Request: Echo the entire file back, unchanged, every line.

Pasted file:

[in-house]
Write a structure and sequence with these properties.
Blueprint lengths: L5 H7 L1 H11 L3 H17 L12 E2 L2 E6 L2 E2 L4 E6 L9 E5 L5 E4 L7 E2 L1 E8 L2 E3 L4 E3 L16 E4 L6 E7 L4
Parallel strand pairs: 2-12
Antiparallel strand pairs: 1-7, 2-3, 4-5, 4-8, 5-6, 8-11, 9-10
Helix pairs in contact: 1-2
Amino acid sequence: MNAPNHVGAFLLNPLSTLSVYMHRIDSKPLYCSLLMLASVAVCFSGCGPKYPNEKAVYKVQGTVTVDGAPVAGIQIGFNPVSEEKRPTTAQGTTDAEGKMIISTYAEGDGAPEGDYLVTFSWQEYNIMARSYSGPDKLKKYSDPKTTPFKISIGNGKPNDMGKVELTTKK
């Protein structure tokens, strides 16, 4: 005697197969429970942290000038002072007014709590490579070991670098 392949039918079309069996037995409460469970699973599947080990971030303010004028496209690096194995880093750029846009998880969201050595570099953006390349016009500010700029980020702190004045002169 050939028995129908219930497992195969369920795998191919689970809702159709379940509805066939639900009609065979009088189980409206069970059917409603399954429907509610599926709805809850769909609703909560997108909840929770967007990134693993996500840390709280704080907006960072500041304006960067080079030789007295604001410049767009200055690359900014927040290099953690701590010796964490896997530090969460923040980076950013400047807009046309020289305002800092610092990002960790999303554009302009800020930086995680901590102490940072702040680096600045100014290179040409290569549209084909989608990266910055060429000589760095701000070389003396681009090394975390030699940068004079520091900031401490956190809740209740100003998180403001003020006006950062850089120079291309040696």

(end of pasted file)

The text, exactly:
[in-house]
Write a structure and sequence with these properties.
Blueprint lengths: L5 H7 L1 H11 L3 H17 L12 E2 L2 E6 L2 E2 L4 E6 L9 E5 L5 E4 L7 E2 L1 E8 L2 E3 L4 E3 L16 E4 L6 E7 L4
Parallel strand pairs: 2-12
Antiparallel strand pairs: 1-7, 2-3, 4-5, 4-8, 5-6, 8-11, 9-10
Helix pairs in contact: 1-2
Amino acid sequence: MNAPNHVGAFLLNPLSTLSVYMHRIDSKPLYCSLLMLASVAVCFSGCGPKYPNEKAVYKVQGTVTVDGAPVAGIQIGFNPVSEEKRPTTAQGTTDAEGKMIISTYAEGDGAPEGDYLVTFSWQEYNIMARSYSGPDKLKKYSDPKTTPFKISIGNGKPNDMGKVELTTKK
């Protein structure tokens, strides 16, 4: 005697197969429970942290000038002072007014709590490579070991670098 392949039918079309069996037995409460469970699973599947080990971030303010004028496209690096194995880093750029846009998880969201050595570099953006390349016009500010700029980020702190004045002169 050939028995129908219930497992195969369920795998191919689970809702159709379940509805066939639900009609065979009088189980409206069970059917409603399954429907509610599926709805809850769909609703909560997108909840929770967007990134693993996500840390709280704080907006960072500041304006960067080079030789007295604001410049767009200055690359900014927040290099953690701590010796964490896997530090969460923040980076950013400047807009046309020289305002800092610092990002960790999303554009302009800020930086995680901590102490940072702040680096600045100014290179040409290569549209084909989608990266910055060429000589760095701000070389003396681009090394975390030699940068004079520091900031401490956190809740209740100003998180403001003020006006950062850089120079291309040696």